Yoga Sutra 2.20: draşțā dŗśimātrah śuddho’pi pratyayānupaśyah

 

– “The Seer is the pure power of seeing, yet its understanding is through the mind/intellect.”

 

“All truths are easy to understand once they are discovered; the point is to discover them.”

 

– Galileo Galilei, as quoted in Angels in the Workplace: Stories and Inspirations for Creating a New World of Work by Melissa Giovagnoli

 

Every one of us has a center – physically, mentally, emotionally, spiritually, and energetically. Every one of us believes something is solid and true – even if we what we believe in is the impermanence of all things. We view everything we experience through the lens of our belief. This, more often than not, causes us to cling tightly to our beliefs. We cling tightly even when there is something inside of us that quietly whispers, or loudly shouts, that that to which we cling is wrong. We hold on to what is familiar, even if it no longer serves us, but we also hold on to that thing that we believe centers and grounds us. Sometimes we cling so tightly that we are unable to see we are off-center and completely ungrounded. Because, what we miss in holding on is that we have essentially told our mind/intellect, “This is the part that’s important; don’t bother me with anything else.”

Remember, the public knew the truth back in 1633 – and all throughout the over 300 years it took for Galileo’s name to be cleared of the heresy charges. But, no one wanted to face up to the authority of the Church. No one else wanted to become the target of the establishment. Furthermore, some people were simply comforted by the idea that they are were the center of the universe. Yes, I said it, there is comfort and safety in ignorance… but only if you are already safe and comfortable.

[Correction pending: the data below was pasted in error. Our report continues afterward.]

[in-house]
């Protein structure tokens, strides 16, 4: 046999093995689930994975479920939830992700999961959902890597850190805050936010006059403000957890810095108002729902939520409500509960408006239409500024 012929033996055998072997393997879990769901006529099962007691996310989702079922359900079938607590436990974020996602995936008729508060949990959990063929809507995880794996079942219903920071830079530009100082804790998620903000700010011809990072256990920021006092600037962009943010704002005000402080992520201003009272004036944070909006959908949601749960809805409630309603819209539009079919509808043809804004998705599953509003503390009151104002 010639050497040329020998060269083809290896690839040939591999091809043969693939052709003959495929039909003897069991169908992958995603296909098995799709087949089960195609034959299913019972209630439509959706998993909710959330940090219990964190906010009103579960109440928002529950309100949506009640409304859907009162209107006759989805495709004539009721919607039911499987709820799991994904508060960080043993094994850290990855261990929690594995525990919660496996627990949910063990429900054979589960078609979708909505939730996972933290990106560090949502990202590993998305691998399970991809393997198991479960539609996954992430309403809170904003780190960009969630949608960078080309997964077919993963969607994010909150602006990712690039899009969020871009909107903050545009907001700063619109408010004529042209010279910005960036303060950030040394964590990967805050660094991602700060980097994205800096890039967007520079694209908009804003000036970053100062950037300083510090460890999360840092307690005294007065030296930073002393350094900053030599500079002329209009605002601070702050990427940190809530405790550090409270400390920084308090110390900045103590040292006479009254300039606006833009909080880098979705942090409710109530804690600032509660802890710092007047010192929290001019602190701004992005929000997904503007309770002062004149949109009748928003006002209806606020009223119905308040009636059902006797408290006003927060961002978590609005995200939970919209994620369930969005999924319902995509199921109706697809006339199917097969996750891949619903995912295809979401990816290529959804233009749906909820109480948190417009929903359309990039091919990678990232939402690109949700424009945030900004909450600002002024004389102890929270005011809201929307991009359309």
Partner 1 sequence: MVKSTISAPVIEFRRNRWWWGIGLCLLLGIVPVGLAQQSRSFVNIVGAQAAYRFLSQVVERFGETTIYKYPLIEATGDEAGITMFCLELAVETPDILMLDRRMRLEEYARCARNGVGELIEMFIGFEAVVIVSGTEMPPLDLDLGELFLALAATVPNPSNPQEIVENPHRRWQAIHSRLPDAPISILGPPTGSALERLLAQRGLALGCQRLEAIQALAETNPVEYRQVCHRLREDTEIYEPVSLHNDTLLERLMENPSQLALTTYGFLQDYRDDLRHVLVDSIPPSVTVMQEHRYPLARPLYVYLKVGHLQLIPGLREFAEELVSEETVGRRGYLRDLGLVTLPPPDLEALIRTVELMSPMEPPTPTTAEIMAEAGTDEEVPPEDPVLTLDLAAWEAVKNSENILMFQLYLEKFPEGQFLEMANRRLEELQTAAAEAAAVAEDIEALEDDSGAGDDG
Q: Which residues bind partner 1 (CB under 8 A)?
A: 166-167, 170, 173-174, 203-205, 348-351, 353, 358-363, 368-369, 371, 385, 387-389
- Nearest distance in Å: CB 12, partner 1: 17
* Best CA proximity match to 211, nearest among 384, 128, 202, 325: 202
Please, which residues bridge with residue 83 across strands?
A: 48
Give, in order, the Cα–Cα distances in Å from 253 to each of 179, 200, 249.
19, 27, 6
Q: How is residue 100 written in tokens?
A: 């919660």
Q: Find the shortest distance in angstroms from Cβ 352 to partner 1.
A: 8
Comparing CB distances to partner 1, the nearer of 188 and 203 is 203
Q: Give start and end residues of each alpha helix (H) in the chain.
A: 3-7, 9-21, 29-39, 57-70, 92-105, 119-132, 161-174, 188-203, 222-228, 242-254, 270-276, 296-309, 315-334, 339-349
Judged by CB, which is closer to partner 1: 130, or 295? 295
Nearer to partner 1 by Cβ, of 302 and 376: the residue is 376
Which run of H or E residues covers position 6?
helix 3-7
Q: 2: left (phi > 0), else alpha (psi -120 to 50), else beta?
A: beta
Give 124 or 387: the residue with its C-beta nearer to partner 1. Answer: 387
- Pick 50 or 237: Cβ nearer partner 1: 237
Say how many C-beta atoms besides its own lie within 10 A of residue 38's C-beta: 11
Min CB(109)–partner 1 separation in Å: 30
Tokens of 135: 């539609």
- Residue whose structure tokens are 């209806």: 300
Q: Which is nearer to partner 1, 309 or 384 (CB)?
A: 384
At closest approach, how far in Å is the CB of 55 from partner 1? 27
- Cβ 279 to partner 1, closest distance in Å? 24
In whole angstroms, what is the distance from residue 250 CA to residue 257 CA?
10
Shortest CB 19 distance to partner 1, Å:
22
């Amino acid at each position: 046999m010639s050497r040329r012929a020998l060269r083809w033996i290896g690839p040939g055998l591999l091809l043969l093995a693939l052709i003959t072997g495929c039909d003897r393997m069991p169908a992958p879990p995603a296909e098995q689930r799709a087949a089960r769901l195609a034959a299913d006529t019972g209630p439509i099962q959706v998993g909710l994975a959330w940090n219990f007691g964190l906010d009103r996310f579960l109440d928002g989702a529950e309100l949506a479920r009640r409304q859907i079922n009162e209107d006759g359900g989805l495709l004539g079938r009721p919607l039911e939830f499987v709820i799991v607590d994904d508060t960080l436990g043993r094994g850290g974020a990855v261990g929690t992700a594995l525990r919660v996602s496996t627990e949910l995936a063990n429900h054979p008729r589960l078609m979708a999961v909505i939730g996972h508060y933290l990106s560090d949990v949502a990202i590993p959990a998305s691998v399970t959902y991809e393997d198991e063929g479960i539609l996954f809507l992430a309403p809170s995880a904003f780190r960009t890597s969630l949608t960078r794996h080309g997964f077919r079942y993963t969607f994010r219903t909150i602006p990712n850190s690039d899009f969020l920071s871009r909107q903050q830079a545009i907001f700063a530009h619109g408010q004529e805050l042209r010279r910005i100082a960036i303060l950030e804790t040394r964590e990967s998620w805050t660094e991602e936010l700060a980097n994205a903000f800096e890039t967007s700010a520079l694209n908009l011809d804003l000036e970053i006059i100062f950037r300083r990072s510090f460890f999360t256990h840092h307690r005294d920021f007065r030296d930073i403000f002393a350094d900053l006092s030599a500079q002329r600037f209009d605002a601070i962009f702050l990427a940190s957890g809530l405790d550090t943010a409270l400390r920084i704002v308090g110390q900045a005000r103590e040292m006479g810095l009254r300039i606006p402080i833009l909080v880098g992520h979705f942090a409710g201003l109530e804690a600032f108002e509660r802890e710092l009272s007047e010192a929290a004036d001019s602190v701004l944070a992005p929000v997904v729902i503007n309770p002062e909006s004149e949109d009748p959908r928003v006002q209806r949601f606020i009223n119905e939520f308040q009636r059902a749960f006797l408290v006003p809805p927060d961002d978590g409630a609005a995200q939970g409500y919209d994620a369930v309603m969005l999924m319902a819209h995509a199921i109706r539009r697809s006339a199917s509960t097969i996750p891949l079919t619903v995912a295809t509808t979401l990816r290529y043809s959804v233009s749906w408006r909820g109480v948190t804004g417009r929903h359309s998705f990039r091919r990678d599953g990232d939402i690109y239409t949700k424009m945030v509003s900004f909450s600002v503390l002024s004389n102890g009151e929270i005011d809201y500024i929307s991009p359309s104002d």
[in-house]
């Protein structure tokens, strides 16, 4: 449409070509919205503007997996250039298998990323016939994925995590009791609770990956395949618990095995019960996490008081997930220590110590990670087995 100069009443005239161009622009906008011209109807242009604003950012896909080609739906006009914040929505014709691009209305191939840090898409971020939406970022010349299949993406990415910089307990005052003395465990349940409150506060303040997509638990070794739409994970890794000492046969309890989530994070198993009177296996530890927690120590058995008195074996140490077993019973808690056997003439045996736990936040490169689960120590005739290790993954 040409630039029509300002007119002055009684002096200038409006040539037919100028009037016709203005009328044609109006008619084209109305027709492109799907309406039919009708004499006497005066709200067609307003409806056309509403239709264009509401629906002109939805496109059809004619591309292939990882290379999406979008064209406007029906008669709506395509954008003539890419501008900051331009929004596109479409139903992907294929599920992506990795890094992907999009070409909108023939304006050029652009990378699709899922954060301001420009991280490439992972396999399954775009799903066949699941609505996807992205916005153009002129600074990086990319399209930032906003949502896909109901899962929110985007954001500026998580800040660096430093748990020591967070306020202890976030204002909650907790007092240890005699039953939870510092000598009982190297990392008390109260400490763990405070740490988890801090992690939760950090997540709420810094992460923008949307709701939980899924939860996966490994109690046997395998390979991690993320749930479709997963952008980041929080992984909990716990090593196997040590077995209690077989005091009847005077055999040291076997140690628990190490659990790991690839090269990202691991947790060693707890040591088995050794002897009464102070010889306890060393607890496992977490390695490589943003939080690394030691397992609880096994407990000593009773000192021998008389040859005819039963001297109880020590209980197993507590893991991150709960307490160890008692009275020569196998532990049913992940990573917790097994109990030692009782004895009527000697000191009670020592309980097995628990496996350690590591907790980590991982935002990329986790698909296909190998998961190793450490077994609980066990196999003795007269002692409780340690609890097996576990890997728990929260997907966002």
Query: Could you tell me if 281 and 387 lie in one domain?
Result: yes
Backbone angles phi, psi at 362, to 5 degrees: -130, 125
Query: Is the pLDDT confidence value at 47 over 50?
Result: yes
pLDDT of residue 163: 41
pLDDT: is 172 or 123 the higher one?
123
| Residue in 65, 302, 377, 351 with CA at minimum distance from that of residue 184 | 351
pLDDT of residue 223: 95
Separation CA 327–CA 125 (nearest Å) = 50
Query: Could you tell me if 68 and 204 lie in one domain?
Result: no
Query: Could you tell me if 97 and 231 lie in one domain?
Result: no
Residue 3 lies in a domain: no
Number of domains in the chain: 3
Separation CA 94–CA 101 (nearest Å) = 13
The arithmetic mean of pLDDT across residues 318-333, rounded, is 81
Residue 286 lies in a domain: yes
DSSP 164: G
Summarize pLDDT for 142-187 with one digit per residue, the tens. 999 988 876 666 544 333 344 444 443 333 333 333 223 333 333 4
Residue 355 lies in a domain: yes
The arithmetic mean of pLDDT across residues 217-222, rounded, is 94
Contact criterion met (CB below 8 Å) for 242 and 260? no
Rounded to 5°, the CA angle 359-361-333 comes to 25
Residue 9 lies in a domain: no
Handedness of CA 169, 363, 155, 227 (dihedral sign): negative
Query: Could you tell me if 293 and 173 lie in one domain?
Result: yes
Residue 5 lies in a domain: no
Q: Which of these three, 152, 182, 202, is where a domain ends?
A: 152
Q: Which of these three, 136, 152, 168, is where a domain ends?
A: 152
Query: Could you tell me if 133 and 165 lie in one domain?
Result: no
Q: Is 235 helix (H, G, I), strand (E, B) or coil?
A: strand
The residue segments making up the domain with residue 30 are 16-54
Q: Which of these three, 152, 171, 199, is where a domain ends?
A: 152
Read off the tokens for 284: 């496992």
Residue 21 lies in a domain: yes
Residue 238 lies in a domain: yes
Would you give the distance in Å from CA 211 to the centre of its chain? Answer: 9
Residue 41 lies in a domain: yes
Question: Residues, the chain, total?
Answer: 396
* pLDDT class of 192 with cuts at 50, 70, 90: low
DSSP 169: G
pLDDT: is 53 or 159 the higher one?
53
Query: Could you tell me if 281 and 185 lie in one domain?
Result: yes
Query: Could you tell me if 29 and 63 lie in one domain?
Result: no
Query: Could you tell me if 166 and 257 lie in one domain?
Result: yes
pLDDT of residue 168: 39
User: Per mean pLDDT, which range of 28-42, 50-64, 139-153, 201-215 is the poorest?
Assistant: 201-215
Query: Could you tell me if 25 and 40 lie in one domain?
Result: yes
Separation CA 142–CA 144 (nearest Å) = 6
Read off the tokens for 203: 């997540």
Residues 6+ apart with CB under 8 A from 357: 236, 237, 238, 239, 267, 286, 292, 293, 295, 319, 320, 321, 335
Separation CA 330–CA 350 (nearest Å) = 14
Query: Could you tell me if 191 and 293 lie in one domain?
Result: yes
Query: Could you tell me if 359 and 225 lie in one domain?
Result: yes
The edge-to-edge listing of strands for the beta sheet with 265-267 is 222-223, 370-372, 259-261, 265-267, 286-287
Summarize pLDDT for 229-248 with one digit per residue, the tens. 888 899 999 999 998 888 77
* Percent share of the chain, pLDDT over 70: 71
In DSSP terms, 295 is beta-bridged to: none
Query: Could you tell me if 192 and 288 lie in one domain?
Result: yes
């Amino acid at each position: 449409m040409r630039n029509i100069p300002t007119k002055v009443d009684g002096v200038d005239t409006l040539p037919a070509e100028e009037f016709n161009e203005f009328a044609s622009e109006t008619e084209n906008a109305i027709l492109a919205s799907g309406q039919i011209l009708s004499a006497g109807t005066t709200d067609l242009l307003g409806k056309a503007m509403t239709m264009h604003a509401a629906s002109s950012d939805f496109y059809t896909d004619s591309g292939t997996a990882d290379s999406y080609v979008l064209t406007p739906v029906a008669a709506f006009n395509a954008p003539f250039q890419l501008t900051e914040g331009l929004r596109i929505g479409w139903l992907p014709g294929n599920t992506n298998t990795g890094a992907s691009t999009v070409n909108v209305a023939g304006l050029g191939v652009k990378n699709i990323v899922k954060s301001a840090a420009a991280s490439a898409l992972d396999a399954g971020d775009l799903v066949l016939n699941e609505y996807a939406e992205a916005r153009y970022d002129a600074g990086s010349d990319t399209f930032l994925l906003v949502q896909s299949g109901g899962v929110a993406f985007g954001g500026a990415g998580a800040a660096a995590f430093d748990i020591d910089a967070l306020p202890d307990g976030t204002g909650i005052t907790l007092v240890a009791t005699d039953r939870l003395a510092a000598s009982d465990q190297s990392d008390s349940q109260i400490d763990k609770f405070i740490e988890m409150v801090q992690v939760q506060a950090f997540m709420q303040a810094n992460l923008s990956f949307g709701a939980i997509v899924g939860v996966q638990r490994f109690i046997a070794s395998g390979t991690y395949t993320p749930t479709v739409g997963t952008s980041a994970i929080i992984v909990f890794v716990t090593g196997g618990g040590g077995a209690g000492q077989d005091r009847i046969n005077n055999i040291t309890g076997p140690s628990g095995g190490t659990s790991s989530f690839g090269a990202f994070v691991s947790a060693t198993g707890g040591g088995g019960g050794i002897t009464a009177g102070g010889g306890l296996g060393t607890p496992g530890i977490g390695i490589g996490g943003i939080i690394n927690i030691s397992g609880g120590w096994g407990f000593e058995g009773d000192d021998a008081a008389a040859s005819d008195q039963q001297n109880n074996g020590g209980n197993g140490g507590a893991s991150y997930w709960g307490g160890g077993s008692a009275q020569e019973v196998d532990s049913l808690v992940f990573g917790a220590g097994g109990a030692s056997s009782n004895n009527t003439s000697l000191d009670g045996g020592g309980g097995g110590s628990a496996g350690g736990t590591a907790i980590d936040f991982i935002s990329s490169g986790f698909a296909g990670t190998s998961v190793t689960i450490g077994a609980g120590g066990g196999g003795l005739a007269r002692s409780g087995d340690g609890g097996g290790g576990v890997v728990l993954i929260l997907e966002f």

Yoga Sutra 2.24: tasya heturavidyā

 

– “The cause of that [union, alliance, or relationship] is ignorance.”

 

Yoga Sutra 2.25: tadabhāvāt samyogābhāvo hānam taddŗśeh kaivalyam

 

– “Due to that lack or absence [of ignorance], the union or relationship [between our power to see and what is seen] ceases, and this leads to freedom known as absolute freedom, liberation, or enlightenment.”

 

If you are interested in exploring within yourself, please join me on the virtual mat today (Monday, June 22nd) at 5:30 PM for a 75-minute yoga practice on Zoom.

This is a 75-minute Common Ground Meditation Center practice that, in the spirit of generosity (dana), is freely given and freely received. You can use the link from the “Class Schedules” calendar if you run into any problems checking into the class. You can request an audio recording of this practice via a comment below.

If you are able to support the center and its teachings, please do so as your heart moves you. (NOTE: You can donate even if you are “attending” my other practices, or you can purchase class(es). Donations are tax deductible, class purchases are not necessarily.)

There is no playlist for the Common Ground practices.

 

“As long as our mind is contaminated by likes and dislikes, fear and doubt, we are bound to experience pain. Getting rid of this contaminated mind (chitta nivritti) is the ultimate pain reliever. We acquired a contaminated mind by embracing avidya. As soon as we renounce avidya, mental contaminants evaporate.”

 

– commentary on Yoga Sutra 2.25 from The Practice of the Yoga Sutra: Sadhana Pada by Pandit Rajmani Tigunait, PhD

 

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Comments»

1. RE: Being Centered & Grounded – The Mindful Faery's Sacred Grove - June 23, 2020

[…] RE: Being Centered & Grounded […]